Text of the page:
Our results are also important in that they extend the findings of Anderson and his colleagues (Anderson & Green, 2001; Levy & Anderson, 2002) by demonstrating that the think/no-think paradigm is robust against variations in initial learning and the type of stimulus material on which control is exerted. These findings suggest that cognitive control mechanisms, although they vary in their impact on emotional and nonemotional information, are general in that they do not vary by stimulus type.

Although intriguing, the current study does have some limitations. First, the data cannot provide a detailed characterization of how recall for think and no-think trials varies as a function of repetition. Even though our data indicate a greater effect for emotional cognitive control (heightened facilitation and suppression) than nonemotional cognitive control, we do not know if the trends we observed are linear or nonlinear. Use of more repetition conditions (e.g., 2, 4, 6, and 8) would allow for better characterization of recall as a function of repetition. Similarly, the number of opportunities for cognitive control and the salience of the stimuli might be expanded to further examine how cognitive control varies as a function of repetition. For example, in the case of particularly negative or gruesome material, more than 10 repetitions may be required to suppress the memory. Second, our results could be due to either a single cognitive control mechanism that operates on both negative and neutral information but to varying degrees or to distinct cognitive control mechanisms for emotional versus nonemotional information. Furthermore, our results are limited to a contrast between nonemotional information and negative information. Thus, we do not know whether similar findings would be observed for positive emotional information as well.

In sum, the present results are important in demonstrating that cognitive control appears to be more effective for emotional than nonemotional memories. Furthermore, they indicate that when cognitive control mechanisms are directed toward suppression, their effect on memory representations is heightened for emotional compared with neutral stimuli. Our results raise the possibility that cognitive control mechanisms specifically circumscribed to emotional information may be disrupted in the disorders of PTSD and OCD, leaving other mechanisms of cognitive control for nonemotional information unaffected. Further research is warranted to explore this possibility. In any case, it is likely that a better understanding of the nature of cognitive control over internal representations of information may have important clinical implications.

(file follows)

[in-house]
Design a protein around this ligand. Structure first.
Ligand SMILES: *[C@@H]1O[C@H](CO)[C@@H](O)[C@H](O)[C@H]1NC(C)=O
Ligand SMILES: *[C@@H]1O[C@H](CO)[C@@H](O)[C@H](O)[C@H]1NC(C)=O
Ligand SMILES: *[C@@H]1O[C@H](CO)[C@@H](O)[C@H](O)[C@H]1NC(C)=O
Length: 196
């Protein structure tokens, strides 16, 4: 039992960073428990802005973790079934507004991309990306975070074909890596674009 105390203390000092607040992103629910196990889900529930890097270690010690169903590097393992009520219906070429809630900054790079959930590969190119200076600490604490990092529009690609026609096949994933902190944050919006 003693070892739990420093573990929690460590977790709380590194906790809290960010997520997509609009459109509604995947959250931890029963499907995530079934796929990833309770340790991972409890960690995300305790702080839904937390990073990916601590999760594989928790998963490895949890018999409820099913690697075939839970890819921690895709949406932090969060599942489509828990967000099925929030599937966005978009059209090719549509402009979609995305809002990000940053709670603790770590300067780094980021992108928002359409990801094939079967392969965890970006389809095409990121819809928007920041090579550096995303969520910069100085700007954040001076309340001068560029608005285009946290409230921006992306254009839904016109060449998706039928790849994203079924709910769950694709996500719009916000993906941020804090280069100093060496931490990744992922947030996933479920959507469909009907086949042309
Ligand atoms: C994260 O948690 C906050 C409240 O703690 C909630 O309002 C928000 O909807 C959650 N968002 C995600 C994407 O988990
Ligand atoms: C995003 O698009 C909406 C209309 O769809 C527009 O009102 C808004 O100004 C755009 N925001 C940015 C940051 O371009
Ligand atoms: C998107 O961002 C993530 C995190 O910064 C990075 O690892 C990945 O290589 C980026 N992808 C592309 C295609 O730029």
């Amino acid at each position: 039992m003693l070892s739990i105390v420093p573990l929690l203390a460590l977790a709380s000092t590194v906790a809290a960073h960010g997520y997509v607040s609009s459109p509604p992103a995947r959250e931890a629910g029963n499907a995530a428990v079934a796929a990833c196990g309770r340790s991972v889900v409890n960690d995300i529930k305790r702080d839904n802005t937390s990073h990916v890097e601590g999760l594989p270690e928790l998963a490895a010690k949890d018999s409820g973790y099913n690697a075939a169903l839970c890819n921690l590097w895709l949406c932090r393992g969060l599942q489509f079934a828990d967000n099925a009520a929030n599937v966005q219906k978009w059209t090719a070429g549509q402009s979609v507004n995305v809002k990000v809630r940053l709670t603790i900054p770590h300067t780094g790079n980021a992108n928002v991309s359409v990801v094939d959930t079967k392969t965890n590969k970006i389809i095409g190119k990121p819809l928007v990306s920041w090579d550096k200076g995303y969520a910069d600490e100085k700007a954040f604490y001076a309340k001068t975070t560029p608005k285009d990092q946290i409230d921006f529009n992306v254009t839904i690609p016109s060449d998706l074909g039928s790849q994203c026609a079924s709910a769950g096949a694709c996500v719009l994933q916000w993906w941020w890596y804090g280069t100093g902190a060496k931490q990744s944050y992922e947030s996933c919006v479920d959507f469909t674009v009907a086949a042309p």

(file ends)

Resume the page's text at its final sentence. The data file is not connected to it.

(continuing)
Acknowledgments

Support for the third author was provided by a grant from the National Institute of Mental Health (MH648412).

REFERENCES

  • Abel T, Lattal KM. Molecular mechanisms of memory acquisition, consolidation and retrieval. Current Opinion in Neurobiology. 2001;11:180–187. [PubMed]
  • Adolphs R, Tranel D, Damasio AR. Dissociable neural systems for recognizing emotions. Brain & Cognition. 2003;52:61–69. [PubMed]
  • Anderson MC, Green C. Suppressing unwanted memories by executive control. Nature. 2001;410:366–369. [PubMed]
  • Anderson MC, Ochsner KN, Kuhl B. Neural systems underlying the suppression of unwanted memories. Science. 2004;303:232–235. [PubMed]
  • Behrmann M, Tipper SP. Attention accesses multiple reference frames: Evidence from visual neglect. Journal of Experimental Psychology: Human Perception and Performance. 1999;25:83–101. [PubMed]
  • Blaney P. Affect and memory: A review. Psychological Bulletin. 1986;99:229–246. [PubMed]
  • Bradley BP, Mogg K, Millar N, Bonham-Carter C, Fergusson E, Jenkins J, Parr M. Attentional biases for emotional faces. Cognition & Emotion. 1997;11:25–42.
  • Bradley MM. Emotional memory: A dimensional analysis. In: van Goozen SHM, van de Poll NE, editors. Emotions: Essays on emotion theory. Hillsdale, NJ: Erlbaum; 1994. pp. 97–134.
  • Bradley MM, Lang PJ. Affective norms for English words (ANEW) Gainesville: University of Florida, Center for the Study of Emotion and Attention; 1999.
  • Cahill L, McGaugh JL. Mechanisms of emotional arousal and lasting declarative memory. Trends in Neurosciences. 1998;21:294–299. [PubMed]
  • Canli T, Zhao Z, Brewer J, Gabrieli JDE, Cahill L. Event-related activation in the human amygdala associates with later memory for individual emotional experience. Journal of Neuroscience. 2000;20:1–5. [PubMed]
  • Canli T, Zhao Z, Desmond JE, Kang E, Gross J, Gabrieli JDE. An fMRI study of personality influences on brain reactivity to emotional stimuli. Behavioral Neuroscience. 2001;115:33–42. [PubMed]
  • Clark D, Wagner AD. Assembling and encoding word representations: fMRI subsequent memory effects implicate a role for phonological control. Neuropsychologia. 2003;41:304–317. [PubMed]